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Vidya Suseela

Assistant Professor
Soil Ecology
Plant and Environmental Sciences Department

Office: 114 Biosystems Research Complex
Personal Website:


 Educational Background

NSF Postdoctoral Fellow Biology-Physics Interface
Clemson University 2013-2015

Ph.D. Ecology
Purdue University 2012

MS Agronomy
Kerala Agricultural University 2003

 Courses Taught

PES 3150- Environment & Agriculture (Fall)
PES 4900/6900- Beneficial Soil Organisms in Plant Growth (Spring)

 Research Interests

I am a soil ecologist interested in the biogeochemical processes that shape the ecosystem responses to global environmental changes. My research strives to unravel the soil carbon cycling and root-rhizosphere interactions both in natural and agro-ecosystems, so as to enhance the resilience and sustainability of these systems.

The current research in the lab centers on the following broad themes:
SOIL CARBON CYCLING: We investigate the mechanisms that facilitate the formation and stabilization of soil organic matter in managed and unmanaged ecosystems that are mediated by chemical composition of plant inputs, microbial metabolism and soil mineralogy. In natural ecosystems we study the pathways through which plants create and maintain legacy effects so as to inform restoration practices. Focusing on conventional and low input agroecosystems, we investigate the effect of plant functional types on the quantity, composition and stabilization of soil carbon and the associated nutrient cycling for improving the soil health and productivity of agroecosystems.

ROOT-RHIZOSPHERE PROCESSES: We are interested in understanding the cross-talk between roots and associated microbiome in shaping the various rhizosphere processes that influence the resilience and productivity of ecosystems. Current projects include evaluating these interactions in conventional and low input agroecosystems.


Suseela V, Tharayil N. 2017. Decoupling the direct and indirect effects of climate on plant litter decomposition and terrestrial nutrient cycling. Global Change Biology (accepted).

Tamura M#, Suseela V#, Simpson M, Powell B and Tharayil N. 2017. Plant invasions alter the content and molecular identity of organic carbon associated with soil mineral and aggregate fractions. Global Change Biology; doi: 10.1111/gcb.13751; #Co-first authors).

Suseela V, Tharayil N, Pendall E and Rao A. 2017. Warming and elevated CO2 alter the suberin chemistry in roots of photosynthetically divergent grass species (In Press; AoB Plants; AoB Plants Editors’ Choice).

Carey JC, Tang J, Templer PH, Kroeger KD, Crowther TW, et al. 2016. Temperature response of soil respiration largely unaltered with experimental warming. Proceedings of the National Academy of Sciences doi: 10.1073/pnas.1605365113).

Suseela V, Alpert P, Nakatsu H C, Amstrong A and Tharayil N#. 2016. Plant–soil interactions regulate the identity of soil carbon in invaded ecosystems: implication for legacy effects. Functional Ecology 203: 110-124.

Suseela V, Tharayil N, Xing B and Dukes JS. 2015. Warming and drought differentially influence the resorption of elemental and metabolite nitrogen pools in Quercus rubra. Global Change Biology 21: 4177-4195.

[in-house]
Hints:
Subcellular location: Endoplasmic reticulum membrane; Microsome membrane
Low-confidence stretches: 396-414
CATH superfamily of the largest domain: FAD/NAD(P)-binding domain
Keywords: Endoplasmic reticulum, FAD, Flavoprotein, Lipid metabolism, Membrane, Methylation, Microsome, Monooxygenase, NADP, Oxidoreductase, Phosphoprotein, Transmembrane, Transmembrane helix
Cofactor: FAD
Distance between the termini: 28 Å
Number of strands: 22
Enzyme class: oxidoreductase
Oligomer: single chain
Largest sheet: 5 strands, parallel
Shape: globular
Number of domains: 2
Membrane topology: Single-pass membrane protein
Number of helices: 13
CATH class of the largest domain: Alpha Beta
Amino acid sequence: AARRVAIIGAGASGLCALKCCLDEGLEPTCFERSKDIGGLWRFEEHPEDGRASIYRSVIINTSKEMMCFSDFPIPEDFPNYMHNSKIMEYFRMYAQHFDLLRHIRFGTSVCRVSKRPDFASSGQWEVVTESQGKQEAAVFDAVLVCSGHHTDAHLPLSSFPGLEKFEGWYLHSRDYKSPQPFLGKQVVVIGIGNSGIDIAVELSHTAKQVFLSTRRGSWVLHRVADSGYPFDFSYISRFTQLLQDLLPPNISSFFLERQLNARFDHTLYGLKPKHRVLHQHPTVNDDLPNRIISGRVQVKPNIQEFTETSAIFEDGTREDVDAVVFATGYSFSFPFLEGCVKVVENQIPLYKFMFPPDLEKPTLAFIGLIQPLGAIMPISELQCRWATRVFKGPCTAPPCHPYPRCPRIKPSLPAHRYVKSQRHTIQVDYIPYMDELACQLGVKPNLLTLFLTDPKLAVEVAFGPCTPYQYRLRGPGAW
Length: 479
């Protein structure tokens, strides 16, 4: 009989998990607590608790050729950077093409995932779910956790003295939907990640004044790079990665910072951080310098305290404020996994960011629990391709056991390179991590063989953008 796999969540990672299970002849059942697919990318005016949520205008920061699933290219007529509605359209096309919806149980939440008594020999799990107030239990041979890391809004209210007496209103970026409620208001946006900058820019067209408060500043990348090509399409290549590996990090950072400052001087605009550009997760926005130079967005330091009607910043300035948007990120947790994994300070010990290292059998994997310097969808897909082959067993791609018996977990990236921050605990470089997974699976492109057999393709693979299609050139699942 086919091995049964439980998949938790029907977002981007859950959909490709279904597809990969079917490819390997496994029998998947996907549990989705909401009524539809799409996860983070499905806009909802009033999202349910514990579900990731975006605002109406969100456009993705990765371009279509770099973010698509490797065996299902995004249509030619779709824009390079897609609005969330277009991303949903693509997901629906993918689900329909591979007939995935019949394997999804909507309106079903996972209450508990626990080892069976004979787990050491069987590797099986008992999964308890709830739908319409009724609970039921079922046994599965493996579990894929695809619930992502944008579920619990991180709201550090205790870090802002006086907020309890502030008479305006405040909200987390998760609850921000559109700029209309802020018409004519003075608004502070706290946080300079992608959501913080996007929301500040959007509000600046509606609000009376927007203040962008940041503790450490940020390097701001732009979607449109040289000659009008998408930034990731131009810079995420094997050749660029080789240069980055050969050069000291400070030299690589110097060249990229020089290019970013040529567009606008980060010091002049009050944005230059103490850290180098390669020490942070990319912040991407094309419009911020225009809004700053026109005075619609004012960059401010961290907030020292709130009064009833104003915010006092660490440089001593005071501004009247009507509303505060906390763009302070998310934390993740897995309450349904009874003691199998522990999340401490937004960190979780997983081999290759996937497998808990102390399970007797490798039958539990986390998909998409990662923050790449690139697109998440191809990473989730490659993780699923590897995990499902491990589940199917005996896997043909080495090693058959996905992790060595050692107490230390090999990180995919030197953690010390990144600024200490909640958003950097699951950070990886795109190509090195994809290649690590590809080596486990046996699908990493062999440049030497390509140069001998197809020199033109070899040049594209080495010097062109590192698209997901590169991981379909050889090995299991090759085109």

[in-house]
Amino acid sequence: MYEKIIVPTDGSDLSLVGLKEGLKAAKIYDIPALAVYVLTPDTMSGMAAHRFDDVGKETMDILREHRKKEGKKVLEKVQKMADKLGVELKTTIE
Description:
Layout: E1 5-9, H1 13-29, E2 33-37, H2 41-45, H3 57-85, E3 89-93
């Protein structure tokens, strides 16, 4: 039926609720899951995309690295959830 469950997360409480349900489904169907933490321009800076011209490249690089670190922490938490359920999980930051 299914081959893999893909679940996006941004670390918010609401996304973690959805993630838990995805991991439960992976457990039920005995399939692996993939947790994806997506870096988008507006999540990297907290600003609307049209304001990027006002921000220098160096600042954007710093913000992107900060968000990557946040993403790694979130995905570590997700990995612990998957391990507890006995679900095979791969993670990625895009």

Wang J, Tharayil N, Chow A, Suseela V, Zeng H. 2015. Phenolic profile within the fine root branching orders of an evergreen species highlights a disconnect in root tissue quality predicted by elemental- and molecular-level carbon composition. New Phytologist 206: 1261–1273 (New Phytologist Editors' choice)

Suseela V, Triebwasser D, Linsched N, Morgan, J and Tharayil N#. 2014. Litters of photosynthetically divergent grasses exhibit differential metabolic responses to warming and elevated CO2. Ecosphere, 5: article 106

Suseela V, Tharayil N, Xing B and Dukes J S. 2014. Warming alters potential enzyme activity but precipitation regulates chemical transformations in grass litter exposed to simulated climatic changes. Soil Biology & Biochemistry, 75: 102-112.

Vicca S, Bahn M, Estiarte M, van Loon EE, Vargas R, et al. 2014. Can current moisture responses of soil respiration be extrapolated into the future? A synthesis of precipitation manipulation experiments. Biogeosciences Discussion, 11:853-899.

Suseela V, Tharayil N, Xing B and Dukes J S. 2013. Labile compounds in plant litter reduce the sensitivity of decomposition to warming and altered precipitation. New Phytologist, 200:122-133.

Suseela V, and Dukes J S. 2013. The responses of soil and rhizosphere respiration to simulated climatic changes vary by season. Ecology, 94: 403-413.

Auyeung D S N, Suseela V, and Dukes J S. 2012. Warming and drought reduce temperature sensitivity of nitrogen transformations. Global Change Biology 19: 662-672.

Suseela V, Conant R T, Wallenstein M D and Dukes J S. 2012. Effects of soil moisture on the temperature sensitivity of heterotrophic respiration vary seasonally in an old-field climate change experiment. Global Change Biology 18:336-348. ( identified as a ‘Highly Cited Paper –placed in top 1% of papers in the field of Environment/Ecology’ by Thomson Reuters.

Tharayil N, Suseela V, Triebwasser D, Preston C, Gerard P and Dukes JS. 2011. Changes in the structural composition and reactivity of Acer rubrum foliar-litter tannins exposed to warming and altered precipitation: climatic stress-induced tannins are more reactive. New Phytologist 191:132-145. Link to PDF.